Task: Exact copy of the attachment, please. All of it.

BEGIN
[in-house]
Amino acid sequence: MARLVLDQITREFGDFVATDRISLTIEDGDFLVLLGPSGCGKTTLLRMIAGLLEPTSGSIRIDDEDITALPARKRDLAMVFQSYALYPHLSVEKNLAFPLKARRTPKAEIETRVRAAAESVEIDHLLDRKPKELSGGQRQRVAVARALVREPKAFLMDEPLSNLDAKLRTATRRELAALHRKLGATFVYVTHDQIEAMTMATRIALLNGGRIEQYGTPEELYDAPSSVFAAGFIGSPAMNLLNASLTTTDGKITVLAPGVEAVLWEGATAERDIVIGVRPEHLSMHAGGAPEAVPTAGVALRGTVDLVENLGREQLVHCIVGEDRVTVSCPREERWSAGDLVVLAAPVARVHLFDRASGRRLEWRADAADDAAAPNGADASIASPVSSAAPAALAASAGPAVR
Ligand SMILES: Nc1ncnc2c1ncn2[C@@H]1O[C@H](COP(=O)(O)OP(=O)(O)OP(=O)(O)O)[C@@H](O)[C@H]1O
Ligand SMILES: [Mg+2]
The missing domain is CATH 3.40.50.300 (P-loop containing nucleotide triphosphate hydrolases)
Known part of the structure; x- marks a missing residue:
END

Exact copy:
[in-house]
Amino acid sequence: MARLVLDQITREFGDFVATDRISLTIEDGDFLVLLGPSGCGKTTLLRMIAGLLEPTSGSIRIDDEDITALPARKRDLAMVFQSYALYPHLSVEKNLAFPLKARRTPKAEIETRVRAAAESVEIDHLLDRKPKELSGGQRQRVAVARALVREPKAFLMDEPLSNLDAKLRTATRRELAALHRKLGATFVYVTHDQIEAMTMATRIALLNGGRIEQYGTPEELYDAPSSVFAAGFIGSPAMNLLNASLTTTDGKITVLAPGVEAVLWEGATAERDIVIGVRPEHLSMHAGGAPEAVPTAGVALRGTVDLVENLGREQLVHCIVGEDRVTVSCPREERWSAGDLVVLAAPVARVHLFDRASGRRLEWRADAADDAAAPNGADASIASPVSSAAPAALAASAGPAVR
Ligand SMILES: Nc1ncnc2c1ncn2[C@@H]1O[C@H](COP(=O)(O)OP(=O)(O)OP(=O)(O)O)[C@@H](O)[C@H]1O
Ligand SMILES: [Mg+2]
The missing domain is CATH 3.40.50.300 (P-loop containing nucleotide triphosphate hydrolases)
Known part of the structure; x- marks a missing residue: